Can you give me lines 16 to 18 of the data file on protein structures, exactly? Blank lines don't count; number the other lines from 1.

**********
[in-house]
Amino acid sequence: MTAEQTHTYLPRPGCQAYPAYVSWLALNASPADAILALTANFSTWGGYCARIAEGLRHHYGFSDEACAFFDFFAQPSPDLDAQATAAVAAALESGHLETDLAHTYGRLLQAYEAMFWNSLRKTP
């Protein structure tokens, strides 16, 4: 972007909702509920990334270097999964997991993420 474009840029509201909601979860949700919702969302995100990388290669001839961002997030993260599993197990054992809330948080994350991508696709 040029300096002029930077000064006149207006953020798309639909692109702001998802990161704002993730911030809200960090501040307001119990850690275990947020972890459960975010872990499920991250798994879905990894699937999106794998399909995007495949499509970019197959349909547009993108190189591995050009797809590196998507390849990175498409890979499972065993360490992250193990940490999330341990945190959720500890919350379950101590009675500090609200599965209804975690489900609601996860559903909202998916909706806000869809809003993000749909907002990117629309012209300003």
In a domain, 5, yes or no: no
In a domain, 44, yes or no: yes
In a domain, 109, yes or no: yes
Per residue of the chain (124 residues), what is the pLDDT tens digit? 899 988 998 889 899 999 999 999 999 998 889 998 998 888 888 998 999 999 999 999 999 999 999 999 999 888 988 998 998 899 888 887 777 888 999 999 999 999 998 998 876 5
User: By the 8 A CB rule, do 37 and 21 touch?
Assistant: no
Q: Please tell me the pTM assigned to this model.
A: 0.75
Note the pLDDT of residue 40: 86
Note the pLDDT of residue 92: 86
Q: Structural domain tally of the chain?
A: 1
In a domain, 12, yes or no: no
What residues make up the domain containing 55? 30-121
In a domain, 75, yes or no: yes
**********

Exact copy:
In a domain, 12, yes or no: no
What residues make up the domain containing 55? 30-121
In a domain, 75, yes or no: yes